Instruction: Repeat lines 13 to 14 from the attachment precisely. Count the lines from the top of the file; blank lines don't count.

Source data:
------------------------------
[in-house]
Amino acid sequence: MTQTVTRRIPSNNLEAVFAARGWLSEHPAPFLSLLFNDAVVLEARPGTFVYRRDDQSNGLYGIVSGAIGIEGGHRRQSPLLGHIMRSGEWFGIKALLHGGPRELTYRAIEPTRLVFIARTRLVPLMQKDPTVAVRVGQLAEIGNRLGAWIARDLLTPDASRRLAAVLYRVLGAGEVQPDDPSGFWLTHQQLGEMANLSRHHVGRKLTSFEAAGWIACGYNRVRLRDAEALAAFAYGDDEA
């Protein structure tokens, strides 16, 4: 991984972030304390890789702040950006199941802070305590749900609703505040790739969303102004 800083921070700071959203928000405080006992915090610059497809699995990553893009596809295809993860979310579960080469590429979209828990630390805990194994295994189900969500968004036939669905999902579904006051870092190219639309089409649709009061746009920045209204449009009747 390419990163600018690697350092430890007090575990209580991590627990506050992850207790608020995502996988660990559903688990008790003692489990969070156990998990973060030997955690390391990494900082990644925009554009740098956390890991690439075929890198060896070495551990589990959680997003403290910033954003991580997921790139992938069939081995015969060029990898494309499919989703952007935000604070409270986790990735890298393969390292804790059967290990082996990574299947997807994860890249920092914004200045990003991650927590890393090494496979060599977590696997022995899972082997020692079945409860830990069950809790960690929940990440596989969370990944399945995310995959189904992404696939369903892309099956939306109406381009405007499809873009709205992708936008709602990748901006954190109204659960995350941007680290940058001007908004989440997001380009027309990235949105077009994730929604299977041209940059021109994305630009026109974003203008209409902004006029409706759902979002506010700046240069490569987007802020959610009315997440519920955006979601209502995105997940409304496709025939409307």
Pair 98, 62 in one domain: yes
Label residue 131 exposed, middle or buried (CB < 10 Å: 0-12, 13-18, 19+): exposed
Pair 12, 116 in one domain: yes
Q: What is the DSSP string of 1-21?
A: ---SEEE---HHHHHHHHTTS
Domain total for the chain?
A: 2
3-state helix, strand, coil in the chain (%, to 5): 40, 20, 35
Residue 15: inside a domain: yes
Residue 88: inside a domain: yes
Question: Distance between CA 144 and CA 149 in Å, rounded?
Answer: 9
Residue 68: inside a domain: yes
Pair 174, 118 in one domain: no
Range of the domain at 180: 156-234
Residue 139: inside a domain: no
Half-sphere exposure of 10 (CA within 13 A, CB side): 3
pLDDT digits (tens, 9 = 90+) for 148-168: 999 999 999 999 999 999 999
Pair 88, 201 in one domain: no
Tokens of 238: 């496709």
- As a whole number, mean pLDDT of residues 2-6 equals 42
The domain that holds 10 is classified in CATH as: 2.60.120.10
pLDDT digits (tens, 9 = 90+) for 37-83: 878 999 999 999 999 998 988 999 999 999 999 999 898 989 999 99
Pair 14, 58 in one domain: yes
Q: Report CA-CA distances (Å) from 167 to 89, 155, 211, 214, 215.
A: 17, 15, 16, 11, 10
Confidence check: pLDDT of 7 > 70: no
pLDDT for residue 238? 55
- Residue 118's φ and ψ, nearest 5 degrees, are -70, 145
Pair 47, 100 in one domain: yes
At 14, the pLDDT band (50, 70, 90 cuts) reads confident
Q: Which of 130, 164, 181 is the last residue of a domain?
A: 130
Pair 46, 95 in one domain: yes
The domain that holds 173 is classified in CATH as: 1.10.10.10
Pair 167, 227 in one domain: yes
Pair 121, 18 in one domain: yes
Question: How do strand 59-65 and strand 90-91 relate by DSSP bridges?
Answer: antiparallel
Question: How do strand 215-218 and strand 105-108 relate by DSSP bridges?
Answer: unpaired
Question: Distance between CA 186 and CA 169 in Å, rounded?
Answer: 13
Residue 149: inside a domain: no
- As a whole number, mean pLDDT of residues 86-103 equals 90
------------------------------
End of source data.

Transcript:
Residue 88: inside a domain: yes
Question: Distance between CA 144 and CA 149 in Å, rounded?